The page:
Rothe et al. observed that in nonobese diabetic (NOD) mice, insulitis was associated with up-regulation of IL-15 gene expression . Increased concentration of IL-15 was also found in diabetic mice by Gupta et al. . Conversely, some studies have shown that IL-15 treatment reduces the development of diabetes in NOD mice, probably via a stimulatory effect of IL-15 on NK cells, suggesting a protective role for this cytokine in type 1 diabetes .
IL-6 regulates glucose homeostasis by stimulating bowel L cells and pancreatic α cells to produce and secrete glucagon-like peptide-1 (GLP-1), thereby improving insulin secretion [12, 13]. Some authors demonstrated an increased IL-6 concentration in T1D, while others found no differences in IL-6 concentrations between T1D patients and healthy controls, or even lower IL-6 concentration in T1D . In this light, the role of both cytokines in the pathogenesis of autoimmune diabetes seems still discursive.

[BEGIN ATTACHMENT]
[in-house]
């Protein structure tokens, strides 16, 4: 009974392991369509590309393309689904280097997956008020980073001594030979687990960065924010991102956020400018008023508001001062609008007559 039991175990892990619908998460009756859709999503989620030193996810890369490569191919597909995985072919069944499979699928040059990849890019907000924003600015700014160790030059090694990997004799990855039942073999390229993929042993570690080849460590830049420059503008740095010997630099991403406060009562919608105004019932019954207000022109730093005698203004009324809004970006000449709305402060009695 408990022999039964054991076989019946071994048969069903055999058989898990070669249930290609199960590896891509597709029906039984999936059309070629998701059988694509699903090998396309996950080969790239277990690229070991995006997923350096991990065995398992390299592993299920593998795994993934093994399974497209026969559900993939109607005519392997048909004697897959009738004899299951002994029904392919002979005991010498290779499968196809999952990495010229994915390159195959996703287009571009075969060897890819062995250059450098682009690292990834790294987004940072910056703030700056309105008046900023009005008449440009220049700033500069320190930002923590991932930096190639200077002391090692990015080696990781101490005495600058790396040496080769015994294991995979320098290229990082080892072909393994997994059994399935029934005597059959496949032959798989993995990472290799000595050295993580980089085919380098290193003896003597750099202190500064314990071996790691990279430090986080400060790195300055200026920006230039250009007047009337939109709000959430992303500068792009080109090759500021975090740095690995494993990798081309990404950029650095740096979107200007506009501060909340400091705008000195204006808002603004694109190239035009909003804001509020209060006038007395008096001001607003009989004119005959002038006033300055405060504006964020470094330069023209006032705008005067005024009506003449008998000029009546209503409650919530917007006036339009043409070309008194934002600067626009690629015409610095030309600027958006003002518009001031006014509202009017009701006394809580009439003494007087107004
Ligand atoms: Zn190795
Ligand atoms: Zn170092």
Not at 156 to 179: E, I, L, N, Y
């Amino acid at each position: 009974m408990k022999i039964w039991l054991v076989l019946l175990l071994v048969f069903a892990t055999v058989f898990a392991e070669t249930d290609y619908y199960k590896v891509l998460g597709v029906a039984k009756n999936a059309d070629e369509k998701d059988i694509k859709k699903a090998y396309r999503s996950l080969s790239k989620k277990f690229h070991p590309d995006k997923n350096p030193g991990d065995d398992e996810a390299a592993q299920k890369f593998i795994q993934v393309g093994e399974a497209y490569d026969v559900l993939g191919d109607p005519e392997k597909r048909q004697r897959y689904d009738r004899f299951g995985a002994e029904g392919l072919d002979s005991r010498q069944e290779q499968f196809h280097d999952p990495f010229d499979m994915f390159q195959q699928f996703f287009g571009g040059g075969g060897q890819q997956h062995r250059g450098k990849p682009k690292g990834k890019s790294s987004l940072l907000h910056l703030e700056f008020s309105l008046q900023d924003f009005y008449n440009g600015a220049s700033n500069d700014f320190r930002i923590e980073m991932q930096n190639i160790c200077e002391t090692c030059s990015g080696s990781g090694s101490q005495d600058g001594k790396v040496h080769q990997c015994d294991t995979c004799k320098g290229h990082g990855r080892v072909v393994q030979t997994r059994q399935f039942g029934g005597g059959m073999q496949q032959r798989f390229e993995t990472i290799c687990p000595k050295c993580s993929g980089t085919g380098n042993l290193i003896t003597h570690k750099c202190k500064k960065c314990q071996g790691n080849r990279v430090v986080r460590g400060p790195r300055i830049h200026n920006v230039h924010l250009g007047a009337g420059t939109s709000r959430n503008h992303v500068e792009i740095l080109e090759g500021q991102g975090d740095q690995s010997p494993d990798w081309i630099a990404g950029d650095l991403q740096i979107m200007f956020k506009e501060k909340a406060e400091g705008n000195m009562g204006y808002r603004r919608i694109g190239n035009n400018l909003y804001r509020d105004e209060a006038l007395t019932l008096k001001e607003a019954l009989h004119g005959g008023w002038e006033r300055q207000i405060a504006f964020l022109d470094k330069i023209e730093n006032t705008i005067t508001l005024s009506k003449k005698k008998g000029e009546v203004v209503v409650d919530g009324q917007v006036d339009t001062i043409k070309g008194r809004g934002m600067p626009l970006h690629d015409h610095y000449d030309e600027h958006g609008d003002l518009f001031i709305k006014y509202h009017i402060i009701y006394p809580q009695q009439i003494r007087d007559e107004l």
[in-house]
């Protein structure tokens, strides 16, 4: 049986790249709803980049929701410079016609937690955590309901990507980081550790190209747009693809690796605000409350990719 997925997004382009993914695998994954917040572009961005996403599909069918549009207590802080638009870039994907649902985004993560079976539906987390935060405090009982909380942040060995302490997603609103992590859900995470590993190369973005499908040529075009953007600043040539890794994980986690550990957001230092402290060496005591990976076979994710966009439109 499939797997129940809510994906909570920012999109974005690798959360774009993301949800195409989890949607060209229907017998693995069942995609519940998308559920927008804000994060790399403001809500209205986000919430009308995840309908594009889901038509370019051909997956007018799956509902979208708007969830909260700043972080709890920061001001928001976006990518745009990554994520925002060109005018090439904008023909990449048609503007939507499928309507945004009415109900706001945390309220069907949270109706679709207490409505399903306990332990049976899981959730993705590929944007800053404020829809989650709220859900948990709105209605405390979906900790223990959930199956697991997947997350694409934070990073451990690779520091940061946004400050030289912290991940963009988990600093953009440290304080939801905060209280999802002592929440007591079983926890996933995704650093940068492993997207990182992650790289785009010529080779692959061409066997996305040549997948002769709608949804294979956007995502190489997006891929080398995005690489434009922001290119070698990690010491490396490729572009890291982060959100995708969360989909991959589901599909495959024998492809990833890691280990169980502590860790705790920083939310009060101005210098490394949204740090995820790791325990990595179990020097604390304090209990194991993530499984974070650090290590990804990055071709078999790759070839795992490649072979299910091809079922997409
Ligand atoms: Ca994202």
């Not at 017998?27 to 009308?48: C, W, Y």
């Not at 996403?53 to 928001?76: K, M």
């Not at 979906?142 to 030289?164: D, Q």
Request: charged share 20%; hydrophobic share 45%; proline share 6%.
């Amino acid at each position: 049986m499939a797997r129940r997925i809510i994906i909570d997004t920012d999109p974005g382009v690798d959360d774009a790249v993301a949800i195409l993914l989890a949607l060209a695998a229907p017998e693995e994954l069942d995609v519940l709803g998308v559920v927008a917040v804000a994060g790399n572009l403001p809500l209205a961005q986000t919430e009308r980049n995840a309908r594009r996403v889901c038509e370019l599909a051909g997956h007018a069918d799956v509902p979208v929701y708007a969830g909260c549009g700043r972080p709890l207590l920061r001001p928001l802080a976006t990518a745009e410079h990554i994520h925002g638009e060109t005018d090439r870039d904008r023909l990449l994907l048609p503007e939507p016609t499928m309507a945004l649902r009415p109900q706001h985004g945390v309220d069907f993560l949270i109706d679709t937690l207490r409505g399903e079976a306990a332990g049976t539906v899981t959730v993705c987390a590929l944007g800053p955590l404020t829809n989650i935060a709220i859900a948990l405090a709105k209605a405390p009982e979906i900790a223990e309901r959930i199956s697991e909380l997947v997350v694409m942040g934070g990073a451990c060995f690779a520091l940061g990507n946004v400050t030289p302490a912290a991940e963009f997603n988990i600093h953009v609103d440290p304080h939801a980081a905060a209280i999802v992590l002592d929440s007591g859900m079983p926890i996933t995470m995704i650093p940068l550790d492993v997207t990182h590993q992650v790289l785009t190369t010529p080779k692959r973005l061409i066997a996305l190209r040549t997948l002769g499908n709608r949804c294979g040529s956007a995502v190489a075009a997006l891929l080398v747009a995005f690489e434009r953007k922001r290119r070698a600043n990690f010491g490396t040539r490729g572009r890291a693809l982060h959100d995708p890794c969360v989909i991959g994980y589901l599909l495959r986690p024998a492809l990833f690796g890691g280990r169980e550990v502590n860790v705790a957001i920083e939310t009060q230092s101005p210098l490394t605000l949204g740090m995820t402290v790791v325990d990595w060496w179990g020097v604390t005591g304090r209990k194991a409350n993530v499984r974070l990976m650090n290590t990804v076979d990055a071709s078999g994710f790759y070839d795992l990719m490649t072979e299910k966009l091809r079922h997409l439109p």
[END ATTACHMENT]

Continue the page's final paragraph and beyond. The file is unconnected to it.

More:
Insulin resistance is increasingly more often ascribed a role in the pathogenesis of autoimmune diabetes. The main mechanism proposed is the inhibition of insulin signaling, leading to increased inflammatory processes, amino acids, and free fatty acids concentrations. Latest decades yielded number of hypotheses about the interrelationship between insulin resistance and development of type 1 diabetes such as “Fertile Field,” “accelerator,” and double diabetes hypothesis. But until now, the precise role of IR in development and progression of type 1 diabetes has not been completely understood [15–17]. The euglycemic-hyperinsulinemic clamp as a reference method for measurement of insulin sensitivity is used, but because of invasive procedure is not in practical for use. The most frequently used formula is homeostatic model assessment-insulin resistance (HOMAIR). However, this index is not usually applicable in autoimmune diabetic patients because of their use of exogenous insulin. In 2000, Williams et al. described a method of measuring insulin resistance in T1D. On the basis of prior studies, they used some components, such as hypertension, waist-to-hip ratio (WHR), and glycated hemoglobin (HbA1c), to calculate a formula of estimated glucose disposal rate (eGDR). Further studies showed that eGDR results were similar with results of euglycemic-hyperinsulinemic clamp .